Theory of Reconciliation The term provides an outline of a political idea based on a concept of legality which, during the years of the revolution of 1848-49, aimed at a denial of this revolution and a compromise between the leading forces of liberal bourgeoisie and the crown in Prussia. The general concern was to reach an accommodation between the traditional rights of the crown and the constitutional claim of the up-and- coming bourgeoisie, without allowing the March revolution to become the starting point for new constitutional revisions. Therefore, the representatives of the principle of reconciliation made crown and parliament equitable partners in forming a constitutional consensus. Thus, sovereignty of parliament was from the very beginning limited, with the crown having an advantage as the established power in case of a conflict of interests. The idea of reconciliation was commensurate with the aim of transforming the existing semi-feudal regime into a constitutional monarchy. This idea implied a partial renunciation of power by the citizens because they wanted to secure the continuity of state power and to prevent a breach with the legal title of the king. But ultimately, the principle of reconciliation was forced to fail because the crown's unwillingness to compromise and the restorative forces increased their influence to overcome the revolutionary and democratic movement.
The term "Theory of Reconciliation" emerged as a critical reaction to a policies of the liberal ministry Camphausen/Hansemann in Prussia and the Berlin constituent assembly. This term, which described the idea of reconciliation as "estranged from life" and as "impracticable", was essentially coined by Karl Marx and Friedrich Engels and, probably, had been introduced into political journalism in the beginning of June 1848. The Neue Rheinische Zeitung provided for a rapid propagation of this term that was preferred by the critics of the course of the liberal bourgeoisie. The advocates of reconciliation called it the "principle of reconciliation". They spoke of an "accommodation between old and new conditions", of a "settlement" or of the indispensable "transaction with the crown".
It was the Marxist-oriented historiography that took over the critical linguistic usage coined by K. Marx and F. Engels. But the idea of reconciliation was reflected also by several other authors in a more or less critical manner. At the same time the idea has subsequently been vindicated. The discussion of the possibility of a policy of a "balance in the middle" as necessary and justifiable has been a subject of controversy. As a result it was possible to portray the different causes for motives, background and correlations underlying bourgeois policies during the revolution.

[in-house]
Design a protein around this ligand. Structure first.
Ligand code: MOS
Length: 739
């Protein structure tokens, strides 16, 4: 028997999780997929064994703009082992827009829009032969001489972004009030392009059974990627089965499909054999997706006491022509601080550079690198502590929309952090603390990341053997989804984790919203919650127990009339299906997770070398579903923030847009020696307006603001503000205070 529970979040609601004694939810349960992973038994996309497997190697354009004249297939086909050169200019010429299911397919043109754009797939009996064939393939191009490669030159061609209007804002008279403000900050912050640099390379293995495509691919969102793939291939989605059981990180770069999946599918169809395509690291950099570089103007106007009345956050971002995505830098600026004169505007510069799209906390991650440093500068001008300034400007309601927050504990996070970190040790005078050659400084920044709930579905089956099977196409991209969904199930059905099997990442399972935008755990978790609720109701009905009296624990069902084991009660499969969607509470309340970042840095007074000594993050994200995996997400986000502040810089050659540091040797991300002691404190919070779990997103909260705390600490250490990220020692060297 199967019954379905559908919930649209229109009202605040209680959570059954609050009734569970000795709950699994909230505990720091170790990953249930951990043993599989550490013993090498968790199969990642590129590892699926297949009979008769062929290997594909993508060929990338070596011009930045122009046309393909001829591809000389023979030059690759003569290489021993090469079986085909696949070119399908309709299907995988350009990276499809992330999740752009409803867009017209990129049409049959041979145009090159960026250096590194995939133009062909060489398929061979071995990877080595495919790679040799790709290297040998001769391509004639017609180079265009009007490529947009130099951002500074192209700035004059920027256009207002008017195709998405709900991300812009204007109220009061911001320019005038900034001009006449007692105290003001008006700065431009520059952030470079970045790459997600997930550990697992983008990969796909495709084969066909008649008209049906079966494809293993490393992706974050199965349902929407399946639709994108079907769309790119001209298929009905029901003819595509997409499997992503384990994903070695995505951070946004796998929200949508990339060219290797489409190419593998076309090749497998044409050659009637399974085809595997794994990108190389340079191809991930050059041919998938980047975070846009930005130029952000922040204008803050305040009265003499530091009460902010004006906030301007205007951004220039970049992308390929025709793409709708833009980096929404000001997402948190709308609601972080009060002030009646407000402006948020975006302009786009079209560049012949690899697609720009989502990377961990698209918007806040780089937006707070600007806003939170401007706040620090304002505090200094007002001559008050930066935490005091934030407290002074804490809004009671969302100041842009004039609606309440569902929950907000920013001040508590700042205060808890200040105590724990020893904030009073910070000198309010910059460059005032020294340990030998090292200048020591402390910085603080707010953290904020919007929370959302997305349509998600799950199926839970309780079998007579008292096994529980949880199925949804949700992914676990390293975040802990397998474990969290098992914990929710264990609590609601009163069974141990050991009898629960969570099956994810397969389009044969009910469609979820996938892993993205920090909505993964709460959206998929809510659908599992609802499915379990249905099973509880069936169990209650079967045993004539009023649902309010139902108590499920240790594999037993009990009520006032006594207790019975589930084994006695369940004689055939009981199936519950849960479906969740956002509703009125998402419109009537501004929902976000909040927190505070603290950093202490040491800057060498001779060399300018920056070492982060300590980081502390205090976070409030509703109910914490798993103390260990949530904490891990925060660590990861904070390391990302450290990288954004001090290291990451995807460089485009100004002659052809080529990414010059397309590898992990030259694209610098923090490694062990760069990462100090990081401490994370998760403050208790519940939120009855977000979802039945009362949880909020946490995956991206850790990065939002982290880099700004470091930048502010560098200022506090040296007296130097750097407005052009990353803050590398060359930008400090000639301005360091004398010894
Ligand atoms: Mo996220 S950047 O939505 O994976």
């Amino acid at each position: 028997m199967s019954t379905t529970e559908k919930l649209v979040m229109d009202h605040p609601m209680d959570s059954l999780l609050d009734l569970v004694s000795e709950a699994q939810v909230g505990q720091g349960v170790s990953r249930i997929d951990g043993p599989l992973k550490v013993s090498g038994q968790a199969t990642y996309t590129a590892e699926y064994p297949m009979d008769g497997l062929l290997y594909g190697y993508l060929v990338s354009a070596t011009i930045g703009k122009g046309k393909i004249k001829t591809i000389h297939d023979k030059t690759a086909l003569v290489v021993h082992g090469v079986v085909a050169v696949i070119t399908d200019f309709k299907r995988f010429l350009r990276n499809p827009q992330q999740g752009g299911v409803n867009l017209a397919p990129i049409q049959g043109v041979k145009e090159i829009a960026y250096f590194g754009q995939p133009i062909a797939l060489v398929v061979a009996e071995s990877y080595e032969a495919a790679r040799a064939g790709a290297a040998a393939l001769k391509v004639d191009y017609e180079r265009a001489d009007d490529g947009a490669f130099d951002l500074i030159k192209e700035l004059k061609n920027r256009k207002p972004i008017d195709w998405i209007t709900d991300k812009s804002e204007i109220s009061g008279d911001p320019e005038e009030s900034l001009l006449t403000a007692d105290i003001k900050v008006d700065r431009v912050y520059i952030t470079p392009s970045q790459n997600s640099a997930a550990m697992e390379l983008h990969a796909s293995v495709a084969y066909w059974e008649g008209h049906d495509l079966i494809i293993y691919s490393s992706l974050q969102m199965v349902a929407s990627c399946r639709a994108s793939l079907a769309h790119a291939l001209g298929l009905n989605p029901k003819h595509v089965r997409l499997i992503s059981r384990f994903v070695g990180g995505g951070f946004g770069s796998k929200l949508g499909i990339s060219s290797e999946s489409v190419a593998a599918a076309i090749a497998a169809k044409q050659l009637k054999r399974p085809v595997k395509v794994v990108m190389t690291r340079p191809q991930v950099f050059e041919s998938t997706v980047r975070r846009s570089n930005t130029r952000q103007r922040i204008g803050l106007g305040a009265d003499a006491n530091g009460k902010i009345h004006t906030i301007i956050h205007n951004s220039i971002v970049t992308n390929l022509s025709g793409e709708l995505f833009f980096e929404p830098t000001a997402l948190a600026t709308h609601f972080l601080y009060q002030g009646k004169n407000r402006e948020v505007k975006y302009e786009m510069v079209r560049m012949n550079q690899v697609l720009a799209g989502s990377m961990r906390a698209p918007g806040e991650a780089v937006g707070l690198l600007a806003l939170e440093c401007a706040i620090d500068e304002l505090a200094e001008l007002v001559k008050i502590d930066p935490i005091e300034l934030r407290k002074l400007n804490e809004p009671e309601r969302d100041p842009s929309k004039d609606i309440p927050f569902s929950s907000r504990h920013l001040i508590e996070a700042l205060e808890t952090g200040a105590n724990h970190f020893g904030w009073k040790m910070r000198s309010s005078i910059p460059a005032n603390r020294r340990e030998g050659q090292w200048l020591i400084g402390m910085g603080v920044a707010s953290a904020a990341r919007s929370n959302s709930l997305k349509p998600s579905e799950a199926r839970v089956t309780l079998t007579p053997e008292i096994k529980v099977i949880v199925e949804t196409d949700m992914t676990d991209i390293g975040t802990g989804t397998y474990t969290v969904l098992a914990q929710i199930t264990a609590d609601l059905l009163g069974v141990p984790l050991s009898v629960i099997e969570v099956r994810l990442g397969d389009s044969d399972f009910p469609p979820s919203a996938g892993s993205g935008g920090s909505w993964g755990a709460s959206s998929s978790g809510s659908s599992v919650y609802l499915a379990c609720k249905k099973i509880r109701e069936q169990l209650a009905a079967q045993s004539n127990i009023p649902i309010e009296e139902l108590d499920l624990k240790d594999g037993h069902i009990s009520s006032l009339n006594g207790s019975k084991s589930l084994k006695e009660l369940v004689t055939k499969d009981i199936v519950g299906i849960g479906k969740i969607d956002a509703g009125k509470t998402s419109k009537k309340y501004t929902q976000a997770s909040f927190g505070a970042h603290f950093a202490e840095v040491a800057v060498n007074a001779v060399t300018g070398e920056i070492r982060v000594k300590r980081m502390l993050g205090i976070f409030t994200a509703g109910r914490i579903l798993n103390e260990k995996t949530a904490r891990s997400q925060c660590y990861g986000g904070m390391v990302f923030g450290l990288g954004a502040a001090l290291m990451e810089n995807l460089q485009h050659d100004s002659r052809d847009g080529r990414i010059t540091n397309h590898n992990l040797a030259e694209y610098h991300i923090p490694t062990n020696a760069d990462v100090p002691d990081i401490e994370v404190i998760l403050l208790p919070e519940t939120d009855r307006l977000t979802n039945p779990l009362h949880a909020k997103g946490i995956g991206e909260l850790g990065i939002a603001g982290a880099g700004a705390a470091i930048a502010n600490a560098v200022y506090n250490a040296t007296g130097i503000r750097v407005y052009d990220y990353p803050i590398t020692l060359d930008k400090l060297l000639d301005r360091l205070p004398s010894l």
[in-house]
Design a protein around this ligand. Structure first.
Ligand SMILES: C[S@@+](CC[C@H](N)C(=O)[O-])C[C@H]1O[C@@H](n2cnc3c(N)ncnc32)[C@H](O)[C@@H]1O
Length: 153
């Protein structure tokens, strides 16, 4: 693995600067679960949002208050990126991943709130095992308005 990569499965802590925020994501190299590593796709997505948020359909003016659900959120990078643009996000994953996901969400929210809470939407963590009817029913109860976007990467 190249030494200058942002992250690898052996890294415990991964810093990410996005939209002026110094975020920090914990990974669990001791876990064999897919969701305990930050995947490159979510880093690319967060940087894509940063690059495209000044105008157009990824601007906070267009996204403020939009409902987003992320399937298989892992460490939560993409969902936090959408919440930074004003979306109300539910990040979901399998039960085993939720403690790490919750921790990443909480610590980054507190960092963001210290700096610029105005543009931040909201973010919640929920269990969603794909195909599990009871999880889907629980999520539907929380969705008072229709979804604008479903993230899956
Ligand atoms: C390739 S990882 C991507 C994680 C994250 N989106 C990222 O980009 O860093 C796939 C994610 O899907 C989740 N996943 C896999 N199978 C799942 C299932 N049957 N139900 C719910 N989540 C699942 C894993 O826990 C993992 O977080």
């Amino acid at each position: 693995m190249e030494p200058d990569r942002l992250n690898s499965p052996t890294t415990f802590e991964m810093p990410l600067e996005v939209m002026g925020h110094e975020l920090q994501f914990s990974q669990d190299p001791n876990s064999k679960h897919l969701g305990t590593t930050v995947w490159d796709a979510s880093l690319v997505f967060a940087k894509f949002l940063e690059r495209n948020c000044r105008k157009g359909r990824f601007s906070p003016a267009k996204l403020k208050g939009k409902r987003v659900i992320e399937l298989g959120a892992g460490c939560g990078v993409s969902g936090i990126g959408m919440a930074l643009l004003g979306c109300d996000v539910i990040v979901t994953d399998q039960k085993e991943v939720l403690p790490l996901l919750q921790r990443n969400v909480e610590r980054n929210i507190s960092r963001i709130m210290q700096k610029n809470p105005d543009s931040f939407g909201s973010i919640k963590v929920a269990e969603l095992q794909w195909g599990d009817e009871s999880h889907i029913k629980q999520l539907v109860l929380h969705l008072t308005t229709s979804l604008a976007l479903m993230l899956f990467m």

Ludolf Camphausen (1803-1890), the Cologne banker and railway entrepreneur, and his liberal ministry in Prussia (March 1848- June 1848) were the exponents and consistent advocates of the idea of reconciliation. Thus, L. Camphausen has been often described as the inventor of the "theory of reconciliation" in the contemporary and historical literature. But it has so far been impossible to document such an immediate connection.
The idea of reconciliation does not represent any separate and self-enclosed theoretical complex, or any special teachings of national and constitutional law. It is rooted in the policies of moderate reforms of the bourgeois wing of the liberal movement. The idea of reconciliation goes back to the theory of the fundamental rights, according to which a new civil law could and would have to be developed out of the existing legal foundation. The theory on fundamental law had already been propagated among the moderate liberal movement long before the revolution. It referred to the constitutional promises made by the Prussian king and by other German rulers in their struggle against Napoleon's foreign rule and at the time of the foundation of the German Confederation's federal act. The invocation of the legal fundamentals entailed, in consequence, the constitutional claim of liberal bourgeoisie. While this stance prior to the revolution clearly aimed at a change of the existing semi-feudal system, after the March revolution, this approach was directed at a recognition of the newly emerging legal position.